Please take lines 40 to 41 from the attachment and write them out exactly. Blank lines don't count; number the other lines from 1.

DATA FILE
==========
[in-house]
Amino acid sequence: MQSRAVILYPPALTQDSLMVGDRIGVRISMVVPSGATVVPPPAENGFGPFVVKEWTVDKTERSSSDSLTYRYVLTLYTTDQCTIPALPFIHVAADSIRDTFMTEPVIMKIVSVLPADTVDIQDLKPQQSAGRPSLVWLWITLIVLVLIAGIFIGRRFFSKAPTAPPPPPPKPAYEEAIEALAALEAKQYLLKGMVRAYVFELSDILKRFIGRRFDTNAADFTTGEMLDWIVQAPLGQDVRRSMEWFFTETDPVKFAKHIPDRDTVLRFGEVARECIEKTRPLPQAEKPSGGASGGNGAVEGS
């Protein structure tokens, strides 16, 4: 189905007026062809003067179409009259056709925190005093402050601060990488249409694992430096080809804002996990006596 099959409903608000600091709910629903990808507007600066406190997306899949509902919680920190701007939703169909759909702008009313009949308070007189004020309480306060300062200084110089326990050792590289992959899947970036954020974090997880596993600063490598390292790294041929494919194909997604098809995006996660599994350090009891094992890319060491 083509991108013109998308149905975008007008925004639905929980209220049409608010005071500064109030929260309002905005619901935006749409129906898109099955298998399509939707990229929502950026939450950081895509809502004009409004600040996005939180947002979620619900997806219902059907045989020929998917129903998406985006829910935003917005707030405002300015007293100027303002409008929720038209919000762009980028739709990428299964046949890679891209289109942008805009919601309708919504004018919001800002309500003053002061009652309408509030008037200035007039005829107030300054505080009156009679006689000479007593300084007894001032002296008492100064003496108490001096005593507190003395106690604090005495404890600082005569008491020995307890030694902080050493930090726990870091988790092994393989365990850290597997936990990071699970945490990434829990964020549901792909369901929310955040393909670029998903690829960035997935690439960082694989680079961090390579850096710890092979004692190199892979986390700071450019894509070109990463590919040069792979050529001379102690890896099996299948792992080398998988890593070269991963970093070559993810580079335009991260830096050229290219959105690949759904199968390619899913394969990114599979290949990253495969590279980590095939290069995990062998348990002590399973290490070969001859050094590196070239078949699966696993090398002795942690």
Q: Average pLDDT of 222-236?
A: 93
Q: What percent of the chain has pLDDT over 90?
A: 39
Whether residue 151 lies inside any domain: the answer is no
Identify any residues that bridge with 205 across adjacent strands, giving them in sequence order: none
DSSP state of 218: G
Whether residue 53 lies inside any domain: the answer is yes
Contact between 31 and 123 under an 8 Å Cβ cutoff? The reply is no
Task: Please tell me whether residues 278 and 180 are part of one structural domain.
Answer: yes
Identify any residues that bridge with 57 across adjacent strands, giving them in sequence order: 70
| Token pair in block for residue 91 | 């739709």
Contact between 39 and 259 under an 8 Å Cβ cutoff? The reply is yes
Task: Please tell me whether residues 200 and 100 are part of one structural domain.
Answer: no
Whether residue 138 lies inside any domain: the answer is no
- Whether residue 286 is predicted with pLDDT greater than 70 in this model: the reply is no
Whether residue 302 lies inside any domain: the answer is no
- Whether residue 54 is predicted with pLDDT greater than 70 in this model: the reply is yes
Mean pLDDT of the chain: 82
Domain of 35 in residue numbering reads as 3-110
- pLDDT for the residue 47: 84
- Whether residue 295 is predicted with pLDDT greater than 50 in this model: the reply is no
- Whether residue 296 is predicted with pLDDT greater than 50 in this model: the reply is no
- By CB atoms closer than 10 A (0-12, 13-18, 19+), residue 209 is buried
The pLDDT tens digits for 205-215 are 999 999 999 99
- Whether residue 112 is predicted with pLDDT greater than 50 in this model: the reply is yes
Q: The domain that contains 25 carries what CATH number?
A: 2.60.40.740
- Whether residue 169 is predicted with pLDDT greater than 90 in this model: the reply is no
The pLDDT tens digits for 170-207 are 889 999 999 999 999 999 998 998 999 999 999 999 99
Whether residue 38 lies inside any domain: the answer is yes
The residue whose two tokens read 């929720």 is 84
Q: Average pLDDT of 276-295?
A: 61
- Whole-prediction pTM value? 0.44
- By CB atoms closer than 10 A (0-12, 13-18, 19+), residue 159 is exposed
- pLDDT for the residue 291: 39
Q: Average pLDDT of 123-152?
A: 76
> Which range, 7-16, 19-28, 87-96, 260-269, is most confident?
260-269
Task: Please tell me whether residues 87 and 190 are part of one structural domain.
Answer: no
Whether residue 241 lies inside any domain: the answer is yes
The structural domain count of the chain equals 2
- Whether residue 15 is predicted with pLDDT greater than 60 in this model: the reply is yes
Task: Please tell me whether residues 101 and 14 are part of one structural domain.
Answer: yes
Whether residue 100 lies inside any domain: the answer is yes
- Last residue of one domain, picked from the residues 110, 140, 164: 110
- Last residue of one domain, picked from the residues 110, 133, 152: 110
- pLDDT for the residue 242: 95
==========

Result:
- Whole-prediction pTM value? 0.44
- By CB atoms closer than 10 A (0-12, 13-18, 19+), residue 159 is exposed